Search for: "State v. Addington" Results 1 - 20 of 43
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25 Aug 2014, 12:24 pm by Stephen Bilkis
In 1979, the United States Supreme Court in Addington v Texas held that constitutional due process required the government to prove two statutory preconditions by clear and convincing evidence before a court could commit an individual to a mental institution: (1) that the person sought to be committed is mentally ill; and (2) that such person requires hospitalization for his own welfare and protection of others. [read post]
12 Dec 2007, 10:12 am
From the federal prosecutor's brief in United States v. [read post]
21 Sep 2014, 1:22 pm by Stephen Bilkis
In Addington v Texas, the United States Supreme Court held that a civil commitment proceeding can in no sense be equated with a criminal proceeding. [read post]
2 Dec 2013, 3:00 pm
It is the court’s view that it is significant that the Supreme Court in Addington recognized that states could choose to impose a higher standard of proof but that a higher standard was not constitutionally required. [read post]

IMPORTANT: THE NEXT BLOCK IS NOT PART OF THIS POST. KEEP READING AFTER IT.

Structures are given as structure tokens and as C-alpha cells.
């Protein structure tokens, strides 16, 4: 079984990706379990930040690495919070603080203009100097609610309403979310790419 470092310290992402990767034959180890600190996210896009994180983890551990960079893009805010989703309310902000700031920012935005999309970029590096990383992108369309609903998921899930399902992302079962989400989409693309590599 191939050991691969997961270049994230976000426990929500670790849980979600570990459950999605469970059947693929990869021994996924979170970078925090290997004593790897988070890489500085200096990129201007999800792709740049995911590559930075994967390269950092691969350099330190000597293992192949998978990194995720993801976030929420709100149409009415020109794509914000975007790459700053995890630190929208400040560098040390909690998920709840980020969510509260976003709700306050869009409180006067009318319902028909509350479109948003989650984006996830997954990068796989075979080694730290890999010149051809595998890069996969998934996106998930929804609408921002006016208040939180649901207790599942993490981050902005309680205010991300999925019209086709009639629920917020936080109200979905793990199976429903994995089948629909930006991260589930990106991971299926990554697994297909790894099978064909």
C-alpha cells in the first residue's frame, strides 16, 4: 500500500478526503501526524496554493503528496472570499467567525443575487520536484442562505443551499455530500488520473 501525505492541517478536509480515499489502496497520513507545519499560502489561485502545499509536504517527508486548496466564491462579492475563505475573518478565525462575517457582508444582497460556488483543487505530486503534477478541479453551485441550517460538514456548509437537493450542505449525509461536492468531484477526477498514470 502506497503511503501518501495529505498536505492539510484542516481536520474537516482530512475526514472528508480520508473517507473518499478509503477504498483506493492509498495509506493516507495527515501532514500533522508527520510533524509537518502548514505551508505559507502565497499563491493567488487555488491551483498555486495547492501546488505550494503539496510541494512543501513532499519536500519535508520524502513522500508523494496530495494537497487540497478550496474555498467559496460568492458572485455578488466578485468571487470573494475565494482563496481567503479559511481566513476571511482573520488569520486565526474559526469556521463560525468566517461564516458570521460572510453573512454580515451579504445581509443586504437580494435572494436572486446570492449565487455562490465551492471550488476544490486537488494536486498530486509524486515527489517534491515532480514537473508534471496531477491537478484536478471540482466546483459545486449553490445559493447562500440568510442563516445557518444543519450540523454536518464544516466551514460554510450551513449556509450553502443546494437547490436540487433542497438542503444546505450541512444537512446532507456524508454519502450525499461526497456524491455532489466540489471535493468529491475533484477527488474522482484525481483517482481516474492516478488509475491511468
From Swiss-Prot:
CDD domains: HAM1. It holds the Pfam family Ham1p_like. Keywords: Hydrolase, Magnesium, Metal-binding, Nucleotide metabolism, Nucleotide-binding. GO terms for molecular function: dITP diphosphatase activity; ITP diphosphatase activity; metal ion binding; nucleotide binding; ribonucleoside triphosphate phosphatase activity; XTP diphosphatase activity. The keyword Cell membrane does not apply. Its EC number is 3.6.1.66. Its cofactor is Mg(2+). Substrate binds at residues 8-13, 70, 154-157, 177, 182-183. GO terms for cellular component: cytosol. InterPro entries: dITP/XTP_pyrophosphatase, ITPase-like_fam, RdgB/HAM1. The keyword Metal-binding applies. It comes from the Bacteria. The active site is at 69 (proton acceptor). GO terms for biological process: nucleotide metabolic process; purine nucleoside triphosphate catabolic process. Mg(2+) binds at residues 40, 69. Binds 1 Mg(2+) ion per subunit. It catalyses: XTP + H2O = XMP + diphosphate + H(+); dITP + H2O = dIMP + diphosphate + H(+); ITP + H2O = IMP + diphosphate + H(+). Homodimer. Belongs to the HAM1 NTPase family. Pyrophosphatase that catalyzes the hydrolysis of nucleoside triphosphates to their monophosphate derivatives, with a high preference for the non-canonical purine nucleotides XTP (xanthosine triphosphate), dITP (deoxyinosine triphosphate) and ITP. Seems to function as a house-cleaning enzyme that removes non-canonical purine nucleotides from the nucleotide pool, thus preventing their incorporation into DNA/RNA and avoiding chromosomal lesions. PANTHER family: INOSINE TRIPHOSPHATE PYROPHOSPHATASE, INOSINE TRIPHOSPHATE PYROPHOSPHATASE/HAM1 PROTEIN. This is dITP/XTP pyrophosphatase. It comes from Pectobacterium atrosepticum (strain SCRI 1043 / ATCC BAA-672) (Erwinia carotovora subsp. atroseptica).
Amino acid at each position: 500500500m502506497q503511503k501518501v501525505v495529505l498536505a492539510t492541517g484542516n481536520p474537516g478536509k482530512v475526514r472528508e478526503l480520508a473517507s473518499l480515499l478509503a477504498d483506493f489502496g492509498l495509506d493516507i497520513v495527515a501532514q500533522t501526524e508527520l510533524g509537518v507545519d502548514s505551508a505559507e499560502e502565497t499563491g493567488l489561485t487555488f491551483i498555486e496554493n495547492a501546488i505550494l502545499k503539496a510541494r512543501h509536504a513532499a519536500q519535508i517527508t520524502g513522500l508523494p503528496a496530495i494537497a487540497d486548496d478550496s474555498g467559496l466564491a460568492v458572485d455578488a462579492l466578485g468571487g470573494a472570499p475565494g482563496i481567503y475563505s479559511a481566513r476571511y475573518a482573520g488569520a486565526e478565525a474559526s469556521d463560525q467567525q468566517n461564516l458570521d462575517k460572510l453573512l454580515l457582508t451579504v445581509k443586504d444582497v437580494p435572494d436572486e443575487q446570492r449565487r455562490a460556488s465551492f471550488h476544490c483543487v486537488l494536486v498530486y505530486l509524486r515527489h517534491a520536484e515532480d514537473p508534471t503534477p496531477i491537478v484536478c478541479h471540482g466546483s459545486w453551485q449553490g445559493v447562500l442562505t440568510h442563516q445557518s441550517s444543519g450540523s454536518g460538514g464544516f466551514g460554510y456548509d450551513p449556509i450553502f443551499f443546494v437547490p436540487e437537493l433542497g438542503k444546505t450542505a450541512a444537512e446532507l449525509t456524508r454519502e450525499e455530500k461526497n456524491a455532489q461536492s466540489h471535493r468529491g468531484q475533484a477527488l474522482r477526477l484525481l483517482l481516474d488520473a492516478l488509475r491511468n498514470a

13 Jan 2008, 6:36 am
(See Jack Goldsmith's memoir The Terror Presidency, pp. 22-23; according to Goldsmith, other War Council members included Alberto Gonzales, David Addington, William J. [read post]
20 May 2007, 9:57 am
The US had submitted a brief, I believe, for restructuring Mississippi higher eduction according to the principle of Green v. [read post]
27 Nov 2006, 12:16 pm
Kinkopf of Georgia State University College of Law, link from November, 2005.Prof. [read post]
1 Jun 2021, 9:01 pm by Sherry F. Colb
If a person is a danger to himself, then he might be subject to civil commitment, under Addington v. [read post]